How do these things change in the future, with vastly improved collaboration tools, teleconferencing, telepresence, lifecasting, and with new tools blurring lines between “integration,” “music” and “sound design:”  Who punches the clock at the factory, who commutes to his garage studio in bunny slippers?   How big are the teams?  How do we account for slippery job titles?  How frequent are physical/virtual meetings?  What’s flow of control and command will work best?  What about interactions Audio has with the deeper technical teams and loftier Vision-Holders?  Collaborations with outside contributors?  What about it?  HUH?  WHAT ABOUT IT?!?!?!?

 

Making Binaural Work: Bringing back “Handsome’s” suggestion from 2013

Looks like there’s lots of interest in Binaural and Headphones this year.  Hmmmm.

I don’t recall who is handsome, let alone who “Handsome” is (Howard Brown?) but I like this topic, and it appears to have slipped through the cracks of 2013’s Giant Brain.  Can we take another swing at it?  

 

–George

Make Binaural work

We often talk about ‘immersive audio’, where one feels like they are in the middle of a game, orchestra or movie. The use of spatial audio (HRTFs, room models, BRIRs, etc.) to render these immersive scenes is usually the ‘go-to’ idea. Some of the problems with synthetic spatial audio, as well as binaural field recordings, are:

1) The visual cues are missing or wrong.
2) Head motion is not taken into account.
3) HRTFs are generic and not individualized.
4) The listener’s environment is not taken into account.

That last point is particularly important. If you have a binaural recording made in a small room, but you listen to it in a large room, it will sound terribly colored. In fact, if the room you are listening in is not taken into account, any synthetic or binaural recording will have coloration.

Another big issue is that, if the visual cue is missing, the listener tends to localize the sound behind them (or at least somewhere outside of their field of vision).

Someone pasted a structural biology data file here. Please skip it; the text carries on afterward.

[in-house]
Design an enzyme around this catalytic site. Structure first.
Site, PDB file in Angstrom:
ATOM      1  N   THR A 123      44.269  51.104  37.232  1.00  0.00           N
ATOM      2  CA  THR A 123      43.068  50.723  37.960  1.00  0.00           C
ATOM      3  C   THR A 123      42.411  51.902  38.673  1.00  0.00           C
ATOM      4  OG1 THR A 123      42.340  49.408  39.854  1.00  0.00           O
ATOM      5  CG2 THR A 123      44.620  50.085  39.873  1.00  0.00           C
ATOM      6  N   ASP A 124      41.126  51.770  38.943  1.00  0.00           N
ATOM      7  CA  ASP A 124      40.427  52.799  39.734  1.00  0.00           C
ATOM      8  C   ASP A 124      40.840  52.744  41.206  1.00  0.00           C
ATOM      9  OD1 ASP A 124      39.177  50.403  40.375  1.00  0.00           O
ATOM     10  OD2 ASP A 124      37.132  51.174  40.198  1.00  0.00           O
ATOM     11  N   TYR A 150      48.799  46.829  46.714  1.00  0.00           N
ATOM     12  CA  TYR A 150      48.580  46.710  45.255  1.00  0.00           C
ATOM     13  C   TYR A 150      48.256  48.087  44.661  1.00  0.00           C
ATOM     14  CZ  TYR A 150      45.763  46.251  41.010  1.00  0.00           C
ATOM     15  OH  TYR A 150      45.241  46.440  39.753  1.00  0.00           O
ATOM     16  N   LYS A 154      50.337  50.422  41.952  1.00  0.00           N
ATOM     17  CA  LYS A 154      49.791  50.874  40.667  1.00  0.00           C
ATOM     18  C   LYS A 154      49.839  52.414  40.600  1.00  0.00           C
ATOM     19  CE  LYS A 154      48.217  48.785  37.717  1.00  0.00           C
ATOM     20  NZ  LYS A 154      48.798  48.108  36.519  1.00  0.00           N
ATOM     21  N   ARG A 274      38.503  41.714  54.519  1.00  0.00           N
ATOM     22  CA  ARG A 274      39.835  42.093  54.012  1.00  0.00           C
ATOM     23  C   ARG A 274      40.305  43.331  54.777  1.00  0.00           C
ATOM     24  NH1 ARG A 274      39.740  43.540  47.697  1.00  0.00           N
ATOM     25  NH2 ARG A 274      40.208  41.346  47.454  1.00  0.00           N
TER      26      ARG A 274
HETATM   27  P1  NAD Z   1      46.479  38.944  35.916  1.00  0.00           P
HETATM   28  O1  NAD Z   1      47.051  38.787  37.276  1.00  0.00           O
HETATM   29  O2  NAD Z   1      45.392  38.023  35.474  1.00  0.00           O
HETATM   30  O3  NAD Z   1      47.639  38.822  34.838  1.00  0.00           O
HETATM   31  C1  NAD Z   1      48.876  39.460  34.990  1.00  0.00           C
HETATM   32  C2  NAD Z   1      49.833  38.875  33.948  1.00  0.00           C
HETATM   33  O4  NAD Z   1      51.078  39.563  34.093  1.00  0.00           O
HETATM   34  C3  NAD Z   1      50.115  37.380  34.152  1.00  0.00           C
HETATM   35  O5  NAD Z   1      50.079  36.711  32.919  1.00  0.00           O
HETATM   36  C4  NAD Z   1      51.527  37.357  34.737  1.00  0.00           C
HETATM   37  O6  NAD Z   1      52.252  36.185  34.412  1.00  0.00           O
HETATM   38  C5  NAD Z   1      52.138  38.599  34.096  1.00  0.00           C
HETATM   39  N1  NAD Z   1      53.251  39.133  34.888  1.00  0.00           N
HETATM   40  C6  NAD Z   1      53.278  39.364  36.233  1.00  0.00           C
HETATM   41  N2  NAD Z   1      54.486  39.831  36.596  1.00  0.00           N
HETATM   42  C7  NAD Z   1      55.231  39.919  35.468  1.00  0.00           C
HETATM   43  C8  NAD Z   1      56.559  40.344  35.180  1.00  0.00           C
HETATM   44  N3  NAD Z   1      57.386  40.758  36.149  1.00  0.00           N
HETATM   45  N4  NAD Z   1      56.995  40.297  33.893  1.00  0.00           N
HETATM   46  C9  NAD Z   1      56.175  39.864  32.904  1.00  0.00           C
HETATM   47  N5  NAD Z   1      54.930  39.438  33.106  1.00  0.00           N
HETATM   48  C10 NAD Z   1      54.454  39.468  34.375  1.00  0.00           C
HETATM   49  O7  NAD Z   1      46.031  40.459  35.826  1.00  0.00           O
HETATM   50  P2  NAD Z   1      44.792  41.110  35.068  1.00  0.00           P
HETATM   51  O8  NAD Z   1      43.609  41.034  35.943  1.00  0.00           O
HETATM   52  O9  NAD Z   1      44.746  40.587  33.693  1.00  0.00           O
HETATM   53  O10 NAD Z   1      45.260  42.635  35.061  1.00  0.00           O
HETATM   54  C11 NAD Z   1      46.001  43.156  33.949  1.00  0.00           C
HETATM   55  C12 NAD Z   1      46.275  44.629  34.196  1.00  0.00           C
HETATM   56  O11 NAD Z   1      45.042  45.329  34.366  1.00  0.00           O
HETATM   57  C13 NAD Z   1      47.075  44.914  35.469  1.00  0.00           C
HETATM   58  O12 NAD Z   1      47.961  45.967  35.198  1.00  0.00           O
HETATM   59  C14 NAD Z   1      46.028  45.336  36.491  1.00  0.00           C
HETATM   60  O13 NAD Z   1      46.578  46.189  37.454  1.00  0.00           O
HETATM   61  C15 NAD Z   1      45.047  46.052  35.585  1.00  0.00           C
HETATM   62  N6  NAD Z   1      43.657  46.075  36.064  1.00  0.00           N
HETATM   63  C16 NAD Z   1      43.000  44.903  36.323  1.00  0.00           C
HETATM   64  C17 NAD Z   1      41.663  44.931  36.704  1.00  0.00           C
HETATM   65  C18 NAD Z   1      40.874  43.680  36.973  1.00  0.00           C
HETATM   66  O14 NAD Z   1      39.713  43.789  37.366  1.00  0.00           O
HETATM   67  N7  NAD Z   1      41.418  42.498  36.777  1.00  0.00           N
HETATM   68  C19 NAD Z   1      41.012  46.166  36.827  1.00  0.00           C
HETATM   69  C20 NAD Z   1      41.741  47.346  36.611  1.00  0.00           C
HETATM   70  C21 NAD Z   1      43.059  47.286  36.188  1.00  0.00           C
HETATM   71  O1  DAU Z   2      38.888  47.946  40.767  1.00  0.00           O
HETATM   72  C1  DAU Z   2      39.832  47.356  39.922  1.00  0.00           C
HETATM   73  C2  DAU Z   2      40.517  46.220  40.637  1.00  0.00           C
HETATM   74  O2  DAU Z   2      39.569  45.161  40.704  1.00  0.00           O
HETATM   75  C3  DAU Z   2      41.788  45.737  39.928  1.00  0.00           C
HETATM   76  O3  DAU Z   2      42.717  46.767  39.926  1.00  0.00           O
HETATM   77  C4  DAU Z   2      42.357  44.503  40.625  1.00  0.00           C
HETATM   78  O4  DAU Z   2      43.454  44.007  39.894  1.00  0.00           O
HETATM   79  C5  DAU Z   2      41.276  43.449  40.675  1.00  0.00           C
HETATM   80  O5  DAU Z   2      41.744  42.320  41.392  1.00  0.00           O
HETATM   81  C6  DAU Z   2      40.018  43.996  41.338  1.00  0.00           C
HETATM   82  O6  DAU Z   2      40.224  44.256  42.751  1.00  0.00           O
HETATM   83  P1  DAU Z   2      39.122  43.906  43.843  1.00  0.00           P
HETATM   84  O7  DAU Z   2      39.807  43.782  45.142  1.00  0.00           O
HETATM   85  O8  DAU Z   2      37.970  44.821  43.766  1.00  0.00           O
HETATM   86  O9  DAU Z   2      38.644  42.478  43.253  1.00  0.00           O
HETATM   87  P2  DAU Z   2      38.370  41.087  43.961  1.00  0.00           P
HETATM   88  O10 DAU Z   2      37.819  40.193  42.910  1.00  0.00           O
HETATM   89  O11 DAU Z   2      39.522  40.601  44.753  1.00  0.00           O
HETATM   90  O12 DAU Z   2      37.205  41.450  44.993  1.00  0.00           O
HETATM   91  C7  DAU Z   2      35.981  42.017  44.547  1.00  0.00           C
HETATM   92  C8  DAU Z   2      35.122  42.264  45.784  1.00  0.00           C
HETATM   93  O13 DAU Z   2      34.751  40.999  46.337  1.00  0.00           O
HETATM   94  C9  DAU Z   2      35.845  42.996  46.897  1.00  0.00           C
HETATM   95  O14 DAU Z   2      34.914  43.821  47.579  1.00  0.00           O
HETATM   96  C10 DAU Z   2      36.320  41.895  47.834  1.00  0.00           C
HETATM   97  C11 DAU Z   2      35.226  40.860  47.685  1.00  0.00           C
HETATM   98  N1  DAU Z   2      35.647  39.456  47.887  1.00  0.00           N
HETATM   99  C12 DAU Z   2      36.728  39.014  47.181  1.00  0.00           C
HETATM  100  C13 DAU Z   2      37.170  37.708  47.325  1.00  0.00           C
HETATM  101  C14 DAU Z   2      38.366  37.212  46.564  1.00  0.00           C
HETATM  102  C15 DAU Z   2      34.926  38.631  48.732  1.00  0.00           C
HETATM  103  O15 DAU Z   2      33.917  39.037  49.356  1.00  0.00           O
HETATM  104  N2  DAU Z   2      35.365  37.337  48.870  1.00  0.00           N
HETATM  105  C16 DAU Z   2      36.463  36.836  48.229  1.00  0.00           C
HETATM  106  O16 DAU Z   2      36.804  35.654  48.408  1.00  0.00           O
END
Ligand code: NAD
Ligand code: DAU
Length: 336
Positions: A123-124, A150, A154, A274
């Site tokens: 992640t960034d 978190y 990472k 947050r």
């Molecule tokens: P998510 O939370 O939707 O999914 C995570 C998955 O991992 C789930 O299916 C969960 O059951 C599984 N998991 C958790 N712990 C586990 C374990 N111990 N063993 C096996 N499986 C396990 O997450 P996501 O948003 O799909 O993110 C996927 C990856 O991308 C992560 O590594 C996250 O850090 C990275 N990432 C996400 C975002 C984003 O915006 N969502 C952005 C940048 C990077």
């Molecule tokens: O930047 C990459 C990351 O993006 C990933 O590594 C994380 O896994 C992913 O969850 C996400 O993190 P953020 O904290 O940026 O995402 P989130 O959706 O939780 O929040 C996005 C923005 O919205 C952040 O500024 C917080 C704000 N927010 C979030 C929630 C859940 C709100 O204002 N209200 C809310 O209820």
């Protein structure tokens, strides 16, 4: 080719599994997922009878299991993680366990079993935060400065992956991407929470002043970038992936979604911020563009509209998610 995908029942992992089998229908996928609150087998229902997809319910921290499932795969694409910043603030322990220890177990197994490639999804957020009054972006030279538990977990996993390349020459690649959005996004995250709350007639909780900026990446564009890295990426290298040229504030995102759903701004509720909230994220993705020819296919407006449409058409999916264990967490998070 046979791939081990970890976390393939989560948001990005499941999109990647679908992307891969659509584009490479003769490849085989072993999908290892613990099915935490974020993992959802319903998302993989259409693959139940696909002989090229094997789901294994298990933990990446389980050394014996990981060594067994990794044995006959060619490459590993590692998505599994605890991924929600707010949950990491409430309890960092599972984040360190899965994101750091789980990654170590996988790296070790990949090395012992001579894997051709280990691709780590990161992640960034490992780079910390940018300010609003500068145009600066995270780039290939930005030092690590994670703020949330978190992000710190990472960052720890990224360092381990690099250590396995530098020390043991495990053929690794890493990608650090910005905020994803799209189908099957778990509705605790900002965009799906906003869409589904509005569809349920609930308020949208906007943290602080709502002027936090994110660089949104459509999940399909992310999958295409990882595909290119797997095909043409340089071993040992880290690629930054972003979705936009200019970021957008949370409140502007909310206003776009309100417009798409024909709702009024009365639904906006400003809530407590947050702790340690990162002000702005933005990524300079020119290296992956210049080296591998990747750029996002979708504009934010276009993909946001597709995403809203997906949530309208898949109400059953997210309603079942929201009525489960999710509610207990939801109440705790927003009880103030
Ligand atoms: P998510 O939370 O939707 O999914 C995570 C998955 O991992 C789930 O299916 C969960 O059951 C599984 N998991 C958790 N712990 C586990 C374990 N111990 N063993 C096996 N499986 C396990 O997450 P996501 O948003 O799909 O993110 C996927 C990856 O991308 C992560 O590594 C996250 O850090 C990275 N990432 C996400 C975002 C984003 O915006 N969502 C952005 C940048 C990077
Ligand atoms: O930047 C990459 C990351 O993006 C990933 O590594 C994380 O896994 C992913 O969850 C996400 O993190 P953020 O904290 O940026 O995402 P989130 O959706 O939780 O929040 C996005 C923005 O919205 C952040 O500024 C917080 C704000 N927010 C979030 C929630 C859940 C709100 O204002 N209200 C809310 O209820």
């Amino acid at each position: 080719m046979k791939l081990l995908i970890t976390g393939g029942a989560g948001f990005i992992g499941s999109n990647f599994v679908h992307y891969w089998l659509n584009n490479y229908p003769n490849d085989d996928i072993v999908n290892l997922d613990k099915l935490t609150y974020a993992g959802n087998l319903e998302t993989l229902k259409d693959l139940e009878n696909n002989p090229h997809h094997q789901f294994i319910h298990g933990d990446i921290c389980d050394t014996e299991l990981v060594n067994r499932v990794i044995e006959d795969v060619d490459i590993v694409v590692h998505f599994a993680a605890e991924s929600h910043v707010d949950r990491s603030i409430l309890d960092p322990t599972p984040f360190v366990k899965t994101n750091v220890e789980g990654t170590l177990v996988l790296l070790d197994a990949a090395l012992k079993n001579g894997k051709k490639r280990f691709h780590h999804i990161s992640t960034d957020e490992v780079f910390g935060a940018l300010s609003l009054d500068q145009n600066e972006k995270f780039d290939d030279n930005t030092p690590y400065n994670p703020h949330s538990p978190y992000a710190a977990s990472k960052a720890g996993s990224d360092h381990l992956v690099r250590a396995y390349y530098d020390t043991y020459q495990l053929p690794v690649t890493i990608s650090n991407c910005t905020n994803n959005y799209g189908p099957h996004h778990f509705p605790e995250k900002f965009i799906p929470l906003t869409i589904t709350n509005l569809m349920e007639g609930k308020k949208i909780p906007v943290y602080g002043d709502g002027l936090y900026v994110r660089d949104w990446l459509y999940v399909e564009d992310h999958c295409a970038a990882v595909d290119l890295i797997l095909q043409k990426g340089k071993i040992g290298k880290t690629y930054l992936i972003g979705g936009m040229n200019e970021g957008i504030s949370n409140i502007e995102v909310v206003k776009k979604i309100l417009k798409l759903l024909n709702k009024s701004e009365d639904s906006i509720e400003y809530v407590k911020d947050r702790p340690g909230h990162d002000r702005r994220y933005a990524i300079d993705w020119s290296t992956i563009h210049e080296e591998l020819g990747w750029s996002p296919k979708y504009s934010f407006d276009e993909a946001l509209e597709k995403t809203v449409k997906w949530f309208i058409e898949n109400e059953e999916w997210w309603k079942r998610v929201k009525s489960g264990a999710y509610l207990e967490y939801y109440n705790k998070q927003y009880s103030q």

So what can be done to mitigate these issues? Is this something that we can engineer (i.e., build me some new, celebrity endorsed headphones), or is it a matter of getting the signal processing just right (can you say ‘head tracker’, hallelujah!), or are there limitations at the cognitive level that need to be addressed?

Reinventing audio for headphones

According to a 2013 survey by Motorola, more people watch TV and movies on tablets than on television sets/home theatres. More people than ever consume most of their sound over headphones, rather than speakers.

  • How do we adjust our creative practices for headphone listening?
  • What improvements to headphone sound do we need?
  • How can we prevent people from damaging their ears when so much sound is consumed loudly on headphones?
  • What other questions do we need to explore and address related to  headphone listening?

There are elements that could tie in with the binaural tracking workgroup proposal.

The sound of one hand clapping

More and more gesture-based computer controllers are being developed (Leap motion, Myo, etc.). In the movies and TV (hello, Star Trek fans), these always have sounds, but as yet, these devices are usually released without sounds, to have each implementation/software using the device implement their own fx.

Should gestural sounds have some form of standardization, in the way that keyboard sounds and mouse clicks have?  What are some “universal” gestures that might need a standard set of interface sounds?

Recording studio and software design for game dialogue recording

If you were to build a recording studio for games dialogue recording what would it be like? Regular recording studios and existing recording software are the round hole that the square peg, nay, the multi-dimensional spaghetti peg, of games gets hammered through. What needs to change to make the games specialist studio technically on the nail and creatively inspiring?

Anyone up for brainstorming for the ultimate studio design and recording software design wish list? Is the market for games production big enough for the likes of Avid, Steinberg, Adobe, Sony etc to take commercial interest in game specific tools/features?

Headtracking for Binaural Audio

Topics of discussion: The effective use of Head tracking position methods in Binaural and Augmented Reality applications. How much impact on the Center image stability is gained by the use of a Head-tracking device. Can a realistic 2D & 3D experience happen without the use of Headtracking  methods. Will Augmented Reality devices make Head tracking mandatory? What is the minimum degree of accuracy attainable and also required?